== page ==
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How To Be Your Own Skin Detective

Hurray for May! A month of bank holidays, wisteria, cherry blossom and (dare I tempt fate?) sunshine. No more hiding in boots and opaque tights; our legs will once again be on public view.

We love the sunshine because it boosts our levels of the happy hormone, serotonin; but we need to be mindful about the dangers of sun exposure, especially for fairer skin types. Ultraviolet (UV) light radiation damages DNA, leading to altered behaviour of skin cells. This accelerates ageing of the skin (photoaging) but can also lead to to cancerous changes.


Skin cancer is the commonest of all human malignancies. The risk increases with advancing years and higher cumulative UV exposure. The UK’s large elderly Caucasian population explains the reason for higher rates here than those in countries with different racial and age demographics.


In 2019, a record high of 224,000 new cases were recorded, a 26% increase over the preceding six years and the rise in incidence is expected to continue. Dr Tanya Bleiker, President of the British Association of Dermatologists predicts that one in five people will develop skin cancer. Frightening stuff.


But don’t panic. The vast majority of skin cancers are not harmful to general health.


Basal cell carcinoma (BCC) does not spread to other parts of the body but will enlarge over months and years. It is by far the most common skin cancer that I treat in my practice, as they are common on the face, including the eyelids.


Squamous cell carcinoma (SCC) is much less common, but tends to be more aggressive, and may spread in the surrounding area or local lymph nodes.


Melanoma represents the minority, with approximately 16,000 cases diagnosed in the UK per annum. It’s the most feared type of skin cancer, however due to its ability to metastasise to other organs and potentially kill its host.

The good news is that practicing sun safety can protect you and your family from skin cancer. Wearing minimum SPF 30 every day (whatever the weather) on your face, neck and décolletage (if you’re flashing a bit of cleavage) will pay dividends in keeping your skin looking youthful and cancer free.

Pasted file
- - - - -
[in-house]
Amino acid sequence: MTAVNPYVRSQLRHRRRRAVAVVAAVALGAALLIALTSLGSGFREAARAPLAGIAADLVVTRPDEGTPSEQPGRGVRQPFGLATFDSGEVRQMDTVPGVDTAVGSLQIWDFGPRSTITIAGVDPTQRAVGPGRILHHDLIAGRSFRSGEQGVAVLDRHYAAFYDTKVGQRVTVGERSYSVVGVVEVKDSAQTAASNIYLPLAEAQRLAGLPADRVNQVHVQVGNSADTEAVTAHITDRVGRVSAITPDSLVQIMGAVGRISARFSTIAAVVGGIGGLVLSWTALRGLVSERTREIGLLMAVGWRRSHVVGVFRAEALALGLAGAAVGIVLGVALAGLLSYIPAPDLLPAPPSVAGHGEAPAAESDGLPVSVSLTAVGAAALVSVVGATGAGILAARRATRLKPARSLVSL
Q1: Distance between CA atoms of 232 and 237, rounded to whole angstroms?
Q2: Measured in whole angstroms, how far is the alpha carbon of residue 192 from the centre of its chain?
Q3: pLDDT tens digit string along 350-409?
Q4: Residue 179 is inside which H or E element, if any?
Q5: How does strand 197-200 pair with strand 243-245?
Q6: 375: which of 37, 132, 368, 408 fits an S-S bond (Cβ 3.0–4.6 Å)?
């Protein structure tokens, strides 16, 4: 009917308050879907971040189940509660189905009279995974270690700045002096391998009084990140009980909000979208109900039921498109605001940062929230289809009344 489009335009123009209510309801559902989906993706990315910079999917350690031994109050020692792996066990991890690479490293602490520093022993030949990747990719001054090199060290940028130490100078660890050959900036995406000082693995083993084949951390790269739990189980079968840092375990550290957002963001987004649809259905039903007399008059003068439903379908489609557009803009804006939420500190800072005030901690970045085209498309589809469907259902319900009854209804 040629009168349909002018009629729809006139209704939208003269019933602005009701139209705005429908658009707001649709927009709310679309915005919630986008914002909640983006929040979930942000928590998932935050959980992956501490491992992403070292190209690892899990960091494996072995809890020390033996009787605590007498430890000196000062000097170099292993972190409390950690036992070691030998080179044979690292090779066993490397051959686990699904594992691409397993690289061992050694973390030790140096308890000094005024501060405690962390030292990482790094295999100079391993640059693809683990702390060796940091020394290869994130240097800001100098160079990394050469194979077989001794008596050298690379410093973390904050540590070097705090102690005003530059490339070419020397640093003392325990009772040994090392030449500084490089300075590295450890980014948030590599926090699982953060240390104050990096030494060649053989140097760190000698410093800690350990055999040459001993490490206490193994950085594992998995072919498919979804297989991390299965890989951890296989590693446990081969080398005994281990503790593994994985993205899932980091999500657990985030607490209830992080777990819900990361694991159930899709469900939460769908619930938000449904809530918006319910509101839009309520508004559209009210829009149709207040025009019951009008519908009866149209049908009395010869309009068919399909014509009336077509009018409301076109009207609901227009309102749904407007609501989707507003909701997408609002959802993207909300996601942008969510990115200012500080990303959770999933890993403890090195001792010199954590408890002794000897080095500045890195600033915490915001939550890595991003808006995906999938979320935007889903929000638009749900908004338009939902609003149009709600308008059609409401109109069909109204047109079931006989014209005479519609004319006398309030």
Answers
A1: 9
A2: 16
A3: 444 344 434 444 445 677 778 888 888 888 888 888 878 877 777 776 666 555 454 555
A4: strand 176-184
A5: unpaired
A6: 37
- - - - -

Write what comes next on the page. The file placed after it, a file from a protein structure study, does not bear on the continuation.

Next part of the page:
Although the majority of skin cancers occur in the elderly, I have treated many 30-somethings, especially if they have been sunbed users or spend a lot of time outdoors. Skin cancers are painless, so regularly checking for new lesions or changing pre-existing ones will allow early treatment and a cure in the vast majority of cases.


Self-examination:


Why not practice a bit of self-love each day by smoothing on your favourite body lotion after you shower, whilst mindfully inspecting your skin for anything new or suspicious? It will certainly help bring those hibernating legs back to life!


What to look for:


  • A new lump or patch persisting for more than a few weeks and growing slowly.

  • A new pigmented (dark) skin lesion or growth, darkening/irregular pigmentation or elevation of an existing mole.

  • Bleeding, itching or ulceration


If you are concerned, you should seek advice from your GP or a clinic offering skin cancer treatment. This usually involves surgical removal under local anaesthetic. The tissue removed is examined by a pathologist to confirm the diagnosis and that clearance has been achieved.

 

To find out more or to make an appointment, email hello@drjuliasen, phone 07939 286850.

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